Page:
What to look for on an Omega-3 supplement label?

You might need to learn a whole new alphabet when looking at the label of a fish oil supplement. Be sure to check the letters in the active ingredients. You’ll find that many lower-cost bottles feature an Omega-6 called gamma-Linolenic acid, or GLA.

GLA can produce good results for the body as it has some anti-inflammatory properties. But it can also have potentially unhealthy consequences. The body can convert GLA into arachidonic acid, or ARA, which tends to be inflammatory. And because this ingredient is in poultry, eggs and red meat, Americans potentially have too much ARA in their diet. That can cause more inflammation, not less, leading to pain and swelling.

One more thing to look for when shopping for a high-quality fish oil product is if the base formulation is “re-esterified triglyceride” (rTG) or “ethyl ester” (EE). Re-esterified triglyceride is natural, recognized by the body and has high bioavailability. Ethyl ester is cheaper and easier to produce. But it has ethanol as its backbone, leading to health problems and lower bioavailability.

Then what letters should you be looking for on a fish oil supplement label? When it comes to reducing inflammation and dry eye symptoms, the research shows that EPA and DHA are the best. But what are EPA and DHA? We’ll explore what sets them apart from GLA below.

What are EPA and DHA?

According to, EPA and DHA are long-chain polyunsaturated fats with 14 or more carbons that have numerous health benefits. For example, your doctor may prescribe a steroid because of its anti-inflammatory properties. However, these drugs have serious side effects, including stomach pain, indigestion and an increased appetite. But the secret power of EPA is its ability to act like a steroid without the nasty side effects. EPA inhibits the enzyme that produces ARA, which can cause inflammation on the cellular level.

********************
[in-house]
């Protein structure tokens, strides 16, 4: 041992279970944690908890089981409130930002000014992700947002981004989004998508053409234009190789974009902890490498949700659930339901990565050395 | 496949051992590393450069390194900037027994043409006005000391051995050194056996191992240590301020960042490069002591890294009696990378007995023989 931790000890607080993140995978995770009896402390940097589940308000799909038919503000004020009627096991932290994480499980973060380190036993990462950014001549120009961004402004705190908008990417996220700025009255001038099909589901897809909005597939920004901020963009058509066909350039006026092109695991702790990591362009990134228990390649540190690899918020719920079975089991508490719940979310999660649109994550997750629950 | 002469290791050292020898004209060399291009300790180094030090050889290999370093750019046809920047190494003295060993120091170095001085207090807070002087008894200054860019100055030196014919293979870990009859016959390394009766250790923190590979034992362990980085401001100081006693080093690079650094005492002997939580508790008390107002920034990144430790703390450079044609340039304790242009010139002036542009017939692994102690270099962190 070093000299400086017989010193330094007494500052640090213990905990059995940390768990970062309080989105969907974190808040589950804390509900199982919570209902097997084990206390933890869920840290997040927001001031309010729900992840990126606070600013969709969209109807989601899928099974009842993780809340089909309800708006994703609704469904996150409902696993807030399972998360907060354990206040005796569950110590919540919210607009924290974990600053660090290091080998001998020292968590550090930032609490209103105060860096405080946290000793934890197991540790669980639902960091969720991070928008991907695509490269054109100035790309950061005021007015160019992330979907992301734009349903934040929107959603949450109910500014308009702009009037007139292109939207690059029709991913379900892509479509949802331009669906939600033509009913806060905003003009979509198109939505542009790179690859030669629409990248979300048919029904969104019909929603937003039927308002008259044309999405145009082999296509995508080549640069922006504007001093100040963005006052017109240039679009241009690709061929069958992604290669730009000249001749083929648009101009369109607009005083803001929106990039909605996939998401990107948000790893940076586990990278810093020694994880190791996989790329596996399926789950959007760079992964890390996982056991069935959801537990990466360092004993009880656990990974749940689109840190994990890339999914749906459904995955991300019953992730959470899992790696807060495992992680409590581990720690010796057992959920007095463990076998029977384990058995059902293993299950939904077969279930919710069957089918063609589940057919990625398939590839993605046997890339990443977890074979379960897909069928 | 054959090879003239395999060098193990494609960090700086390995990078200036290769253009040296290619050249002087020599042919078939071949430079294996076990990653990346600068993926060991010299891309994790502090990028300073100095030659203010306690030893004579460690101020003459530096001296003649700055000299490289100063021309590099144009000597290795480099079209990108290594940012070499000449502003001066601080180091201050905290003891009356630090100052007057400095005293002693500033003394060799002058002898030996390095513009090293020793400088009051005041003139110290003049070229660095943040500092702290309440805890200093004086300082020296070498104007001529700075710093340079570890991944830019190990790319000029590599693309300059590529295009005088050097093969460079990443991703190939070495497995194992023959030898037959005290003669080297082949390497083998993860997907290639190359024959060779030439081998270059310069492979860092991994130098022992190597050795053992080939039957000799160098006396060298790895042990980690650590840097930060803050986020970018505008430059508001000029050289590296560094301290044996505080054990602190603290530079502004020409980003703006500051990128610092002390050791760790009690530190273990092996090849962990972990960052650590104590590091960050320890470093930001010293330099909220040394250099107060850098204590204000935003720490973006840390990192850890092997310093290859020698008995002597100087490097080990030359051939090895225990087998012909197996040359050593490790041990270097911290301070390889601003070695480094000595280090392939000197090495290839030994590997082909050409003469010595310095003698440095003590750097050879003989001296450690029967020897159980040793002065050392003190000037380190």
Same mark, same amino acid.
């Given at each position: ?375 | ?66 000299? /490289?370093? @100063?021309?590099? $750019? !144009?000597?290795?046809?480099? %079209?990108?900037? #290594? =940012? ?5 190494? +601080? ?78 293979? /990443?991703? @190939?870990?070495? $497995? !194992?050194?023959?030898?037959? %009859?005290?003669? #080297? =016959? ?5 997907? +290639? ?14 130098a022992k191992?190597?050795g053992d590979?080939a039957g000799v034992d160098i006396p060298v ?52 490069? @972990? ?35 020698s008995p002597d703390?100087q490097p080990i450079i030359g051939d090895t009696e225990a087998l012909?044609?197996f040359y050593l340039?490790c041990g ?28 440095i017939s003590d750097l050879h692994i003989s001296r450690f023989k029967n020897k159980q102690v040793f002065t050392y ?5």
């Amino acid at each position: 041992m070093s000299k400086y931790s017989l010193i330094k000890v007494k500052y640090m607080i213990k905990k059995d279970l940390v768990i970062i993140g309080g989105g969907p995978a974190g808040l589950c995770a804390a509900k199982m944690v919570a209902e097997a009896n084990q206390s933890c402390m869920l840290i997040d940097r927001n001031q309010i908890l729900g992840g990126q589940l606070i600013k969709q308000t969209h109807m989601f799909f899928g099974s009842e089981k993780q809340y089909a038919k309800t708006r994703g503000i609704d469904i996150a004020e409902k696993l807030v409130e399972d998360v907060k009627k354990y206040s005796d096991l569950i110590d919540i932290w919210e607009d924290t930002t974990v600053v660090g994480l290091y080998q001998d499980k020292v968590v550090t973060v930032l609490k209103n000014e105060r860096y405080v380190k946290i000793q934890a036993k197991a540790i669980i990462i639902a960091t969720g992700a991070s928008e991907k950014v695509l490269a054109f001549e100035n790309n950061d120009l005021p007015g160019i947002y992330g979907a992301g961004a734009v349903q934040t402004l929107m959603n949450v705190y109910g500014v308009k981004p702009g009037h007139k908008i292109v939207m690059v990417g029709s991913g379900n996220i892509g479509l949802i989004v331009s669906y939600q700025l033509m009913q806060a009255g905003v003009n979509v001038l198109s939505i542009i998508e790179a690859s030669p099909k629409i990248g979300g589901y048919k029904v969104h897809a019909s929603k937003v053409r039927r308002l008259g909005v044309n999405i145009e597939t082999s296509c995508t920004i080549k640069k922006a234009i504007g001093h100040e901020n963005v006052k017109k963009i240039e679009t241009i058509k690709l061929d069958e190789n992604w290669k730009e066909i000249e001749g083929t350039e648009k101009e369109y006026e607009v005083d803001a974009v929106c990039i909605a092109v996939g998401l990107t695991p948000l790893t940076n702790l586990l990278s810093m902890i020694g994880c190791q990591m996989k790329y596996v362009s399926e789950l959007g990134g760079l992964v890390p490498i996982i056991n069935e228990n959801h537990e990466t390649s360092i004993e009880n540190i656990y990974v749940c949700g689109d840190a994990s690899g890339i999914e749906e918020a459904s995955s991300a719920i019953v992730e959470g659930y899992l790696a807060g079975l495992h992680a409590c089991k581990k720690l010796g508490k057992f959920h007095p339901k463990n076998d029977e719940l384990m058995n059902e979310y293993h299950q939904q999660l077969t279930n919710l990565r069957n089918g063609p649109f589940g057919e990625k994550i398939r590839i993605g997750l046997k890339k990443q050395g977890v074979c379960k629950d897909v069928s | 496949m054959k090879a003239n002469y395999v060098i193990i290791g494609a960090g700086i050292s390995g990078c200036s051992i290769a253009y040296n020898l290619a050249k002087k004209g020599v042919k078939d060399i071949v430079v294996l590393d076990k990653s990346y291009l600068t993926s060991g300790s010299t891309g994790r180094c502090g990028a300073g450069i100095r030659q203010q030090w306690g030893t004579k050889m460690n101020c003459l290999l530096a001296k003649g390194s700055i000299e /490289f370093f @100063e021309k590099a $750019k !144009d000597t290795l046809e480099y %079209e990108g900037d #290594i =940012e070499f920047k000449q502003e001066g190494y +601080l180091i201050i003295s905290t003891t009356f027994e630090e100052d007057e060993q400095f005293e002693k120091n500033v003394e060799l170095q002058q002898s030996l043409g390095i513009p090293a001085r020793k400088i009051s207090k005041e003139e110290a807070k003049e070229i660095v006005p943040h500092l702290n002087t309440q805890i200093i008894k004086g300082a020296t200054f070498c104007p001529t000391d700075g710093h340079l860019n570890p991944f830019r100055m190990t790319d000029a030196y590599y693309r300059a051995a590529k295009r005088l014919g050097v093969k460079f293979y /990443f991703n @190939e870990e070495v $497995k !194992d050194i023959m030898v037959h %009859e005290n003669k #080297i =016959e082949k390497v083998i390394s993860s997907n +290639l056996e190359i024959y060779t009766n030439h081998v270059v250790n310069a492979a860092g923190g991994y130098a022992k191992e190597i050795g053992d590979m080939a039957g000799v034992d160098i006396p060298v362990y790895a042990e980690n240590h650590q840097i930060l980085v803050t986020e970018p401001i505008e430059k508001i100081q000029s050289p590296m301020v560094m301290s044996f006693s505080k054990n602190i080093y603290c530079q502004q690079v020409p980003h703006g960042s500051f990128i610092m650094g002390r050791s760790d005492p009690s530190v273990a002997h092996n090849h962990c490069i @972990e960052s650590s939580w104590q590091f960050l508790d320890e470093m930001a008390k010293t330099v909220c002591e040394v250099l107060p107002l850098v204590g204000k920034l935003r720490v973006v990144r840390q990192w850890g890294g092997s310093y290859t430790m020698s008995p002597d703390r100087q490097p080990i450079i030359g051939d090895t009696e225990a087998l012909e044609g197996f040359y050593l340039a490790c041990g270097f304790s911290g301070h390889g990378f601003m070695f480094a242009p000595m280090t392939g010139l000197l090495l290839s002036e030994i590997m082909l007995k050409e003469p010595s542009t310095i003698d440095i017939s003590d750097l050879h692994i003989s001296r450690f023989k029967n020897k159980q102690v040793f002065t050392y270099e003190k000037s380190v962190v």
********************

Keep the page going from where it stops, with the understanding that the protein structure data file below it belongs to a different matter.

It can be said that the more EPA you have in your system, the less harmful inflammation you’ll have in your body. It can ease the symptoms of arthritis, inflammatory bowel syndrome and other autoimmune disorders. EPA can also decrease the risk of obesity, heart disease, diabetes, depression, cancer and other diseases. 

DHA also has benefits for the brain and eyes and is critical to neural performance. It increases the speed of nerve signals, enhancing visual and cognitive performance and leading to improved reaction time, contrast sensitivity, and accuracy. And when EPA and DHA work together, it provides optimal benefits to the body.


We’ve answered the question: What are EPA and DHA? And despite the scientific evidence proving the importance of omega-3s to our vision and overall health, getting them into our diet is difficult. The body only receives these essential fatty acids through food such as fish, shellfish, algae or supplementation.

Taking a pharmaceutical-grade fish oil supplement delivers a safe and proven way to boost our vision, brain, and heart function. Because of evidence showing the benefits of taking EPA and DHA, MacuHealth developed TG Omega-3 Fish Oil to help patients meet current health demands.

TG Omega-3 is a natural re-esterified triglyceride formulation that is purified up to five times to eliminate toxins, impurities and fishy taste. TG Omega-3 offers 2,200 mg of EPA and DHA combined per serving. Next time you shop for fish oil, check the label to see if it has the correct formulation to give your body the boost it needs. 

Clinical Studies

reduce eye strain
Tired eyes? Here are some ways to reduce eye strain.

Written by MacuHealth
Reviewed by Jim Stringham, Ph.D.